By Sebastian Fortino
PHILADELPHIA — Earlier this week, the Human Rights Campaign announced it will be adding five new staff members to its team in Pennsylvania, bringing the total number to 14.
The civil rights organization has directors in several states mobilizing the LGBTQ vote, including in Arizona, Michigan, Nevada, Ohio, Texas, Wisconsin, and Pennsylvania.
“We are thrilled to grow our grassroots army to do the difficult, necessary work of mobilization and turnout of Equality Voters ahead of the most consequential election of our lives,” said Ryan Matthews, HRC’s Pennsylvania State Director. “This election means literal life or death for some LGBTQ people. The work our organizing staff will do over the next 50 days will push our endorsed candidates over the top to victory and help us expand and defend key protections for LGBTQ people in 2021 and beyond. Through the power of organizing and this investment in Pennsylvania, we are competing for every last vote.”
For this election cycle, HRC has made an historic number of recommendations for the state including for out state Reps. Malcolm Kenyatta and Brian Sims, both Philadelphia Democrats.
Kenyatta was one of the keynote speakers at the Democratic National Convention.
Like HRC, both Kenyatta and Sims have reiterated the safety of mail-in voting and the need for voting equity. President Trump and his surrogates have continually spread misinformation about mail-in voting in particular, and both Twitter and Facebook have flagged many of Trump’s posts as incorrect.
Gov. Tom Wolf has called for several recommendations for the general election, including requiring counties to start sending mail-in ballots at least 28 days before the election rather than 14 days as currently required, but he has met resistance from the Republican-led legislature in Harrisburg, which has sought to reduce the use of voting drop boxes and shorten the window to acquire a mail-in ballot, among other changes.
In addition to placing a focus on outreach on mail-in voting due to the COVID pandemic, HRC has utilized the TEAM app to allow HRC volunteers and staff to contact voters via phone or text.
“This app is a crucial component of our 2020 organizing efforts,” Geoff Wetrosky, national campaigns director for HRC, wrote in a Morning Consult op-ed. “We are investing in distributed organizing and empowering our volunteers to engage their networks from their homes — or wherever they may be — about HRC and the pro-equality candidates and causes we support.”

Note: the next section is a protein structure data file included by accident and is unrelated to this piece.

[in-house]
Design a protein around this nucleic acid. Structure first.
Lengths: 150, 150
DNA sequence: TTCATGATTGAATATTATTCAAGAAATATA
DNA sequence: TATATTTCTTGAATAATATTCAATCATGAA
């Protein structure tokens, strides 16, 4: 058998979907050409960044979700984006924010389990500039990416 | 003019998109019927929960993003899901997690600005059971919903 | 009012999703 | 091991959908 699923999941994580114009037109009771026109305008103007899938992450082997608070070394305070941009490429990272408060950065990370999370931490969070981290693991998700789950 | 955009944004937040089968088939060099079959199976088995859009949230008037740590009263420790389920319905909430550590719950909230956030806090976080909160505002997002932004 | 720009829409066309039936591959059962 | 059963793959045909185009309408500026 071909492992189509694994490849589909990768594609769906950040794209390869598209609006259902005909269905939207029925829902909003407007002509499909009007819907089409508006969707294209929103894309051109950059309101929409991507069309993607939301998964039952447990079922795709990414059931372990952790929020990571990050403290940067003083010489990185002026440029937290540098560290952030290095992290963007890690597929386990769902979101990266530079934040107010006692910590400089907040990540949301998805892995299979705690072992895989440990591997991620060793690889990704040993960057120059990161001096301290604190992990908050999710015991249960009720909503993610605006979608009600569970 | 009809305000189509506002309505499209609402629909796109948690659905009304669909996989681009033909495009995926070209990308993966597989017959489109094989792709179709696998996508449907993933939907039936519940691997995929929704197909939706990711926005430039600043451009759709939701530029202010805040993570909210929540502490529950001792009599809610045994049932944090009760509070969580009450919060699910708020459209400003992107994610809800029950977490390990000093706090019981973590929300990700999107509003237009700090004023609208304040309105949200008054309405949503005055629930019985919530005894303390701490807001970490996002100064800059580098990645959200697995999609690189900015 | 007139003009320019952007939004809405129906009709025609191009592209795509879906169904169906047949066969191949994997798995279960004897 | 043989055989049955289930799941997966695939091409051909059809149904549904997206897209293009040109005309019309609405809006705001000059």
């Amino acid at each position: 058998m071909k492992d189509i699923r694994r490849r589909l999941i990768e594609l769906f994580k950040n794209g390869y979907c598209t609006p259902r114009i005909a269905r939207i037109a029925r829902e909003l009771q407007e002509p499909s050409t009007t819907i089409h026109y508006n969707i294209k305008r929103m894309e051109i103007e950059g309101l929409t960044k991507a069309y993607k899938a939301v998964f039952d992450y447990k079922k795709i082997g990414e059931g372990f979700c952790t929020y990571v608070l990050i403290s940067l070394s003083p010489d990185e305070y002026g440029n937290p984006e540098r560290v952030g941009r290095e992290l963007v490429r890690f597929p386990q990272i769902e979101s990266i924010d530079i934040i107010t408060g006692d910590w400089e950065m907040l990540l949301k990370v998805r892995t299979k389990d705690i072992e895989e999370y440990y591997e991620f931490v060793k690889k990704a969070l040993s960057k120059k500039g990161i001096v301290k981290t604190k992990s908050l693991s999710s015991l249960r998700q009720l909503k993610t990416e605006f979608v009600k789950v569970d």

LGBTQ voter outreach is especially important in 2020. A study conducted by the Williams Institute concluded that about 21 percent of LGBTQ voters are not registered to vote. Lucas Acosta, the national press secretary for HRC, disagrees with those numbers.
“I know the stat, [and I] would argue it’s not 100% accurate. We know that LGBTQ people participate in politics more than non-LGBTQ people. For example in 2018, LGBTQ people represented 6 percent of the electorate while only representing 4.5 percent of the overall adult population. Our community is highly political and highly engaged.”
In Philadelphia, the Liberty City Democratic Club and their co-chair, Gregory O. Yorgey-Girdy, is implementing virtual engagement similar to HRC’s TEAM initiative.
“We have identified a need to get people of color to get registered to vote but also to be empowered to have their voices heard. We recently held a Facebook Livestream event, “Philly’s Grassroots GOTV Plan,” with Council member Jamie Gautheir, and state Rep.-Elect Rick Krajewski (D-Philadelphia),” Yorgey-Girdy shared with PGN. “The goal is to make sure everyone across West and Southwest Philly can vote safely this November. LCDC will continue its efforts to encourage young people of color to register to vote and actually exercise their right to vote.”
Sebastian Fortino is a reporter for the Philadelphia Gay News, where this story first appeared.
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